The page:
Application Procedures for Becoming a Permanent Resident While in the United States
If you would like to become a lawful permanent resident in the United States, you must file the following items with the U.S. Citizenship and Immigration Services:

  • Form I-485 Application to Register Permanent Residence or Adjust Status
  • Please review Supplement A to Form I-485 to see if additional fee requirements apply to you.
  • Form G-325A Biographic Data Sheet (Between the ages of 14 and 79)
  • Form I-693 Medical Examination Sheet (not required if you are applying based on continuous residence since before 1972, or if you have had a medical exam based on a fiancé visa)
  • Two color photos taken within 30 days (Please see USCIS Form I-485 for more instructions on photos.)
  • Form I-864 Affidavit of Support (completed by the sponsor). (This requirement may not apply to you if you are adjusting to permanent resident status based on an employment petition.)
  • Form I-765 Authorization for Employment (if seeking employment while case is processed). For more information, see How Do I Get a Work Permit?
  • Evidence of inspection, admission or parole into the United States (Form I-94, Arrival Departure Record). See How Do I Get an Arrival-Departure Record? for more information.
    In addition:
  • If you have already been approved for an immigrant petition , you must submit a copy of the approval notice sent to you by the USCIS.
  • If someone else is or has filed a petition for you that, if approved, will make an immigrant number immediately available to you, you must submit a copy of the completed petition that is being filed for you. Such applications include only immediate relative, special immigrant juvenile or special immigrant military petitions. For more information, please see How Do I Get an Immigrant Visa Number?.
  • If you were admitted into the United States as a fiancé of a U.S. citizen and married that citizen within the required 90 days, you must submit a copy of the fiancé petition approval notice and a copy of your marriage certificate.
  • If you are an asylee or refugee, you must submit a copy of the letter or Form I-94 (Arrival-Departure Record) that shows the date you were granted asylum or refuge in the United States. You also must submit USCIS Form I-643 (Health and Human Services Statistical Data).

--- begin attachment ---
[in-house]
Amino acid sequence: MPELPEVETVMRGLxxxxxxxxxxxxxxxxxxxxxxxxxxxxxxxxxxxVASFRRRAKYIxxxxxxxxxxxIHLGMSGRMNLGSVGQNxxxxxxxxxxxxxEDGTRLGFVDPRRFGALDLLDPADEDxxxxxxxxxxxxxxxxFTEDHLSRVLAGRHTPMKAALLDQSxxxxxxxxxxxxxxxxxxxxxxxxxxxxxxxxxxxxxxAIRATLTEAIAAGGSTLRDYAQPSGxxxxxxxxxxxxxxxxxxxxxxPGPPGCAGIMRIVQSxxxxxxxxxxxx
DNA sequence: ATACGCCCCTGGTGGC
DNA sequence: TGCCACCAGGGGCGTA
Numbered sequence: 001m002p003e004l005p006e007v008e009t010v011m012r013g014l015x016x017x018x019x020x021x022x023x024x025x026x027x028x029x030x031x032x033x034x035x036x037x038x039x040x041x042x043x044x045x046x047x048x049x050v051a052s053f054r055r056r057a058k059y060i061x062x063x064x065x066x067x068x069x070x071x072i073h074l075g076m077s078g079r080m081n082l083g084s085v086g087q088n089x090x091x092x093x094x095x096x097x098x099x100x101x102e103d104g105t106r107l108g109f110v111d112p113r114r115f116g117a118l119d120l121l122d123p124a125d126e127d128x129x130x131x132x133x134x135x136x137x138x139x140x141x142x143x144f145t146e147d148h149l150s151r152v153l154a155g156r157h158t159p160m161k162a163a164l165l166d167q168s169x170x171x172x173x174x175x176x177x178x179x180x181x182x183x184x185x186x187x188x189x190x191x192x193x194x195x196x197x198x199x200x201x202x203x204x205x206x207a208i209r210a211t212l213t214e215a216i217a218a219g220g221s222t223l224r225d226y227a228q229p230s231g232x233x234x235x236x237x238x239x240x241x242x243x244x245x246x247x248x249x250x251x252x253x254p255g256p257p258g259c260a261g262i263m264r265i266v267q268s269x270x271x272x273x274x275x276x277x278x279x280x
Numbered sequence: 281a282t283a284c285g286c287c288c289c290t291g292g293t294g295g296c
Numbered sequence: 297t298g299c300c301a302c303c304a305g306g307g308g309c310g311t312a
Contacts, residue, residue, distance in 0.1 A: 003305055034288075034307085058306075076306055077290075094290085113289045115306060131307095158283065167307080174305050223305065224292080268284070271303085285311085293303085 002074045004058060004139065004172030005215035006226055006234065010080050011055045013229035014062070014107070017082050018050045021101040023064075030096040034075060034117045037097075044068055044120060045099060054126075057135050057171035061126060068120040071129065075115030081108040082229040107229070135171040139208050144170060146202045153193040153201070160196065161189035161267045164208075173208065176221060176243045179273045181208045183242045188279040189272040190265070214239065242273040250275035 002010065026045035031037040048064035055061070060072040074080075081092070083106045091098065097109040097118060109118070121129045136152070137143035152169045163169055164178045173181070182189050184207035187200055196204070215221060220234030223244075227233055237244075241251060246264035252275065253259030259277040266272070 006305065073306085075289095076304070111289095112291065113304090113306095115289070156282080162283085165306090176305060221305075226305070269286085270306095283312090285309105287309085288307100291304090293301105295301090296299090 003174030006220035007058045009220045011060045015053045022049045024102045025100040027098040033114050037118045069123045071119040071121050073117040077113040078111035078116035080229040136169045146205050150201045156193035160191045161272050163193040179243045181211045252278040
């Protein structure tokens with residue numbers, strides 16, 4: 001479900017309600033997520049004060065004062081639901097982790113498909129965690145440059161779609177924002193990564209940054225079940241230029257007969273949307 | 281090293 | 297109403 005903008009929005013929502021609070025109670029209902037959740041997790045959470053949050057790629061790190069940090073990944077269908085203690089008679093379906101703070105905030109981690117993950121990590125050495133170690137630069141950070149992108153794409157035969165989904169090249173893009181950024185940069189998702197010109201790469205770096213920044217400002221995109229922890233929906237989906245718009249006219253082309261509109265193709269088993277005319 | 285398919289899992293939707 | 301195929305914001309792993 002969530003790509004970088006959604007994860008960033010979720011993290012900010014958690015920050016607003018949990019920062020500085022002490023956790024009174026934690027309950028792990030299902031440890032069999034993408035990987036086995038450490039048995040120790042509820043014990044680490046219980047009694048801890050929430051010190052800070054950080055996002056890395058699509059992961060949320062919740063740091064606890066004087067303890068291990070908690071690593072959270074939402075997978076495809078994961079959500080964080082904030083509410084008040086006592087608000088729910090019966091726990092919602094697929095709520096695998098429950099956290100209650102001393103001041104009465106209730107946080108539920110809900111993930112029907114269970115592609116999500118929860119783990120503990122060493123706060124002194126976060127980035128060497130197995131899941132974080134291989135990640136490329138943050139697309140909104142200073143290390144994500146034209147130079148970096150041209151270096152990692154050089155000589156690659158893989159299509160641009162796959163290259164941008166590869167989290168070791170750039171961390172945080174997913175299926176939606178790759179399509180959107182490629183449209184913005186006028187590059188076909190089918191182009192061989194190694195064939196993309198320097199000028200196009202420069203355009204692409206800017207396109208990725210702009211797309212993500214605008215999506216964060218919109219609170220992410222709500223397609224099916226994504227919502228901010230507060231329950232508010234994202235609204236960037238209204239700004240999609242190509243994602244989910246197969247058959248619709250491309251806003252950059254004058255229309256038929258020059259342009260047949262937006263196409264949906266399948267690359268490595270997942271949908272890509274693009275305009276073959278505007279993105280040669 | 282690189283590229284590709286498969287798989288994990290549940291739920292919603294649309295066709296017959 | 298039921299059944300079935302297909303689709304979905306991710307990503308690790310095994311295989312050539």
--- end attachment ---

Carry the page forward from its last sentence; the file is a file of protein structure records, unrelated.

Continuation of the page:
• If you are a Cuban citizen or native, you must use USCIS Form I-485 (Application to Register Permanent Residence or Adjust Status) and submit evidence of your citizenship or nationality.
  • If you have been a continuous resident of the United States since before January 1, 1972, you must submit evidence showing that you entered the United States prior to January 1, 1972 and that you have lived in the United States continuously since your entry into the country.
  • If your parent became a lawful permanent resident after you were born, you must submit evidence that your parent has been or will be granted permanent residence. You must also submit a copy of your birth certificate, and proof of your relationship with your parent.
  • If your spouse became a lawful permanent resident after you were married, you must submit evidence that your spouse has been granted permanent residence. You must also submit a copy of your marriage certificate and proof that any previous marriages entered into by you or your spouse were legally terminated.

Please note that there are certain eligibility requirements for using Form I-485 (Application to Register Permanent Residence or Adjust Status). Forms are available by calling 1-800-870-3676, or by submitting a request through our forms by mail system. For further information on filing fees, please see USCIS filing fees, fee waiver request procedures, and the USCIS fee waiver policy memo.

What is an Employment Authorization Document?
U.S. employers must check to make sure all employees, regardless of citizenship or national origin, are allowed to work in the United States. If you are not a citizen or a lawful permanent resident, you may need to apply for an Employment Authorization Document (EAD) to prove you may work in the United States.

USCIS issues Employment Authorization Documents (EAD) in the following categories:

  • EAD: This document proves you are allowed to work in the United States.
  • Renewal EAD: You should apply for a renewal EAD six months before your original EAD expires.
  • Replacement EAD: This document replaces a lost, stolen, or mutilated EAD. A replacement EAD also replaces an EAD that was issued with incorrect information, such as a misspelled name.
  • Interim EAD: If USCIS does not approve or deny your EAD application within 90 days (within 30 days for an asylum applicant; note: asylum applicants are eligible to file for EADs only after waiting 150 days from the date they filed their properly completed original asylum applications), you may request an interim EAD document.